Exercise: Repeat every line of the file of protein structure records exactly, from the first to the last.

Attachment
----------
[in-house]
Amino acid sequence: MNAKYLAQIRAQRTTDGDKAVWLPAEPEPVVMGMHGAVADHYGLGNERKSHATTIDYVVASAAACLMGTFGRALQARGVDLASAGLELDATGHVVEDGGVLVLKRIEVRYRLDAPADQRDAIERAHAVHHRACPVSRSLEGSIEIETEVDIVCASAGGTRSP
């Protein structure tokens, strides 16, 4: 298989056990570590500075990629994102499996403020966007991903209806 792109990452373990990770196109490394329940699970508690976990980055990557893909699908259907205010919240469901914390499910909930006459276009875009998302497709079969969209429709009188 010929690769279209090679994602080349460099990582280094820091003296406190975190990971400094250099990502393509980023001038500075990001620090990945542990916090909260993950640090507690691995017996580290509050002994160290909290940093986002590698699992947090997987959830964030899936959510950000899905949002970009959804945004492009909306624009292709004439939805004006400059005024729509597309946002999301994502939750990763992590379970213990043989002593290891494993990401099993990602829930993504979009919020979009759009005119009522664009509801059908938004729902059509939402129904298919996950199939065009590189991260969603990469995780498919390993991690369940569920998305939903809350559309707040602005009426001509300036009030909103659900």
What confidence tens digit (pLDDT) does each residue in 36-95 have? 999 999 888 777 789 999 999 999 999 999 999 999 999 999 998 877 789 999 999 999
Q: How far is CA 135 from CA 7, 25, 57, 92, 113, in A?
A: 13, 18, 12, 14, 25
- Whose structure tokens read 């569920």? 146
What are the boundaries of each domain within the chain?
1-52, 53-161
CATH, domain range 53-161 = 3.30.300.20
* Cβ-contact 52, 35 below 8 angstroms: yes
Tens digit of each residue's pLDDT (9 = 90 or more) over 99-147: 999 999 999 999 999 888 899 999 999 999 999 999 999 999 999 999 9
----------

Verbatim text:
[in-house]
Amino acid sequence: MNAKYLAQIRAQRTTDGDKAVWLPAEPEPVVMGMHGAVADHYGLGNERKSHATTIDYVVASAAACLMGTFGRALQARGVDLASAGLELDATGHVVEDGGVLVLKRIEVRYRLDAPADQRDAIERAHAVHHRACPVSRSLEGSIEIETEVDIVCASAGGTRSP
């Protein structure tokens, strides 16, 4: 298989056990570590500075990629994102499996403020966007991903209806 792109990452373990990770196109490394329940699970508690976990980055990557893909699908259907205010919240469901914390499910909930006459276009875009998302497709079969969209429709009188 010929690769279209090679994602080349460099990582280094820091003296406190975190990971400094250099990502393509980023001038500075990001620090990945542990916090909260993950640090507690691995017996580290509050002994160290909290940093986002590698699992947090997987959830964030899936959510950000899905949002970009959804945004492009909306624009292709004439939805004006400059005024729509597309946002999301994502939750990763992590379970213990043989002593290891494993990401099993990602829930993504979009919020979009759009005119009522664009509801059908938004729902059509939402129904298919996950199939065009590189991260969603990469995780498919390993991690369940569920998305939903809350559309707040602005009426001509300036009030909103659900």
What confidence tens digit (pLDDT) does each residue in 36-95 have? 999 999 888 777 789 999 999 999 999 999 999 999 999 999 998 877 789 999 999 999
Q: How far is CA 135 from CA 7, 25, 57, 92, 113, in A?
A: 13, 18, 12, 14, 25
- Whose structure tokens read 């569920």? 146
What are the boundaries of each domain within the chain?
1-52, 53-161
CATH, domain range 53-161 = 3.30.300.20
* Cβ-contact 52, 35 below 8 angstroms: yes
Tens digit of each residue's pLDDT (9 = 90 or more) over 99-147: 999 999 999 999 999 888 899 999 999 999 999 999 999 999 999 999 9